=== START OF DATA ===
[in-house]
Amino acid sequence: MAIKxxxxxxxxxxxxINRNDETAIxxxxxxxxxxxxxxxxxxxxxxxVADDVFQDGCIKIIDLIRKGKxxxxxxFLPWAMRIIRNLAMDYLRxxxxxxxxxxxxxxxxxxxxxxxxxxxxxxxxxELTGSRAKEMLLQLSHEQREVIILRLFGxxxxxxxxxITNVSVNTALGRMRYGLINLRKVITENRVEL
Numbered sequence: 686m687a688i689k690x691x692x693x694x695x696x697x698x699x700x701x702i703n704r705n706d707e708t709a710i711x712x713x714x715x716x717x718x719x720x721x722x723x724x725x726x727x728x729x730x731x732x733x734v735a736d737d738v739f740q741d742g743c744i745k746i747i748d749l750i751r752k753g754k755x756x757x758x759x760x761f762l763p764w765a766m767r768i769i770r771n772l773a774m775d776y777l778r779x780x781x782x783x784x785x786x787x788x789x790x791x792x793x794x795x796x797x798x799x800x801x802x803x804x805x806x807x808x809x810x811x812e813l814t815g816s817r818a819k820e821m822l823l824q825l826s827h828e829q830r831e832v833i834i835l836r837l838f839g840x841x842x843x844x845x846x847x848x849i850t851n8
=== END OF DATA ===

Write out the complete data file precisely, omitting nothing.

[in-house]
Amino acid sequence: MAIKxxxxxxxxxxxxINRNDETAIxxxxxxxxxxxxxxxxxxxxxxxVADDVFQDGCIKIIDLIRKGKxxxxxxFLPWAMRIIRNLAMDYLRxxxxxxxxxxxxxxxxxxxxxxxxxxxxxxxxxELTGSRAKEMLLQLSHEQREVIILRLFGxxxxxxxxxITNVSVNTALGRMRYGLINLRKVITENRVEL
Numbered sequence: 686m687a688i689k690x691x692x693x694x695x696x697x698x699x700x701x702i703n704r705n706d707e708t709a710i711x712x713x714x715x716x717x718x719x720x721x722x723x724x725x726x727x728x729x730x731x732x733x734v735a736d737d738v739f740q741d742g743c744i745k746i747i748d749l750i751r752k753g754k755x756x757x758x759x760x761f762l763p764w765a766m767r768i769i770r771n772l773a774m775d776y777l778r779x780x781x782x783x784x785x786x787x788x789x790x791x792x793x794x795x796x797x798x799x800x801x802x803x804x805x806x807x808x809x810x811x812e813l814t815g816s817r818a819k820e821m822l823l824q825l826s827h828e829q830r831e832v833i834i835l836r837l838f839g840x841x842x843x844x845x846x847x848x849i850t851n8